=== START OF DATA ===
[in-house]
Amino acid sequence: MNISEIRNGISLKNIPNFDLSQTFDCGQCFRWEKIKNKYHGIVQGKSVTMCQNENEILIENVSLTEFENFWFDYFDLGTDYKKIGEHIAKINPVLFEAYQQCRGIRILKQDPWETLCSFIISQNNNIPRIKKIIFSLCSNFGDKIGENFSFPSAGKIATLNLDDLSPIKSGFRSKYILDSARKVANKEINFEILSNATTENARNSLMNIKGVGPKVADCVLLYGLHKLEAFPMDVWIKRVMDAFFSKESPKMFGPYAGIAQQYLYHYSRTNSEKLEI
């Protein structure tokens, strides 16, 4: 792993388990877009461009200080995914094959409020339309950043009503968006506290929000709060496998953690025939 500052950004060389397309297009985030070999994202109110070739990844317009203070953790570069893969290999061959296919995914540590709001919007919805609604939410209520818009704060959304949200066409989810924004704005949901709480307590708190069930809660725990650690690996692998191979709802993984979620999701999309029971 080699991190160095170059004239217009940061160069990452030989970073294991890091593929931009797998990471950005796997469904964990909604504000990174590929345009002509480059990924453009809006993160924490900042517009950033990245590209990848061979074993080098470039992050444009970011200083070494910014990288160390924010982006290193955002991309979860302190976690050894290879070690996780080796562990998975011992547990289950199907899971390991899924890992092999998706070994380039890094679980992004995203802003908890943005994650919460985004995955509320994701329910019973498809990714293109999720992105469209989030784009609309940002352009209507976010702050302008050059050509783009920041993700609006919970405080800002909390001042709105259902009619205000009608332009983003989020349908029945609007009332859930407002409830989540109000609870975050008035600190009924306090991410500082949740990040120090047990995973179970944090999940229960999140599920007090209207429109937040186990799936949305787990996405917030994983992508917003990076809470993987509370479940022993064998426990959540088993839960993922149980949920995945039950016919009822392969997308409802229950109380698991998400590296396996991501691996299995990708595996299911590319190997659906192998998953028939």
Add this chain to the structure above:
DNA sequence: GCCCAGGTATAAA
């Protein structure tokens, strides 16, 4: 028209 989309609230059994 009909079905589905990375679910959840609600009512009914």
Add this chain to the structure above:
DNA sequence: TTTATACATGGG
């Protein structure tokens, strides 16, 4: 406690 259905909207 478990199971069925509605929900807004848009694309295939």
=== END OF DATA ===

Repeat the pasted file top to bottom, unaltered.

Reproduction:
[in-house]
Amino acid sequence: MNISEIRNGISLKNIPNFDLSQTFDCGQCFRWEKIKNKYHGIVQGKSVTMCQNENEILIENVSLTEFENFWFDYFDLGTDYKKIGEHIAKINPVLFEAYQQCRGIRILKQDPWETLCSFIISQNNNIPRIKKIIFSLCSNFGDKIGENFSFPSAGKIATLNLDDLSPIKSGFRSKYILDSARKVANKEINFEILSNATTENARNSLMNIKGVGPKVADCVLLYGLHKLEAFPMDVWIKRVMDAFFSKESPKMFGPYAGIAQQYLYHYSRTNSEKLEI
């Protein structure tokens, strides 16, 4: 792993388990877009461009200080995914094959409020339309950043009503968006506290929000709060496998953690025939 500052950004060389397309297009985030070999994202109110070739990844317009203070953790570069893969290999061959296919995914540590709001919007919805609604939410209520818009704060959304949200066409989810924004704005949901709480307590708190069930809660725990650690690996692998191979709802993984979620999701999309029971 080699991190160095170059004239217009940061160069990452030989970073294991890091593929931009797998990471950005796997469904964990909604504000990174590929345009002509480059990924453009809006993160924490900042517009950033990245590209990848061979074993080098470039992050444009970011200083070494910014990288160390924010982006290193955002991309979860302190976690050894290879070690996780080796562990998975011992547990289950199907899971390991899924890992092999998706070994380039890094679980992004995203802003908890943005994650919460985004995955509320994701329910019973498809990714293109999720992105469209989030784009609309940002352009209507976010702050302008050059050509783009920041993700609006919970405080800002909390001042709105259902009619205000009608332009983003989020349908029945609007009332859930407002409830989540109000609870975050008035600190009924306090991410500082949740990040120090047990995973179970944090999940229960999140599920007090209207429109937040186990799936949305787990996405917030994983992508917003990076809470993987509370479940022993064998426990959540088993839960993922149980949920995945039950016919009822392969997308409802229950109380698991998400590296396996991501691996299995990708595996299911590319190997659906192998998953028939």
Add this chain to the structure above:
DNA sequence: GCCCAGGTATAAA
């Protein structure tokens, strides 16, 4: 028209 989309609230059994 009909079905589905990375679910959840609600009512009914």
Add this chain to the structure above:
DNA sequence: TTTATACATGGG
């Protein structure tokens, strides 16, 4: 406690 259905909207 478990199971069925509605929900807004848009694309295939």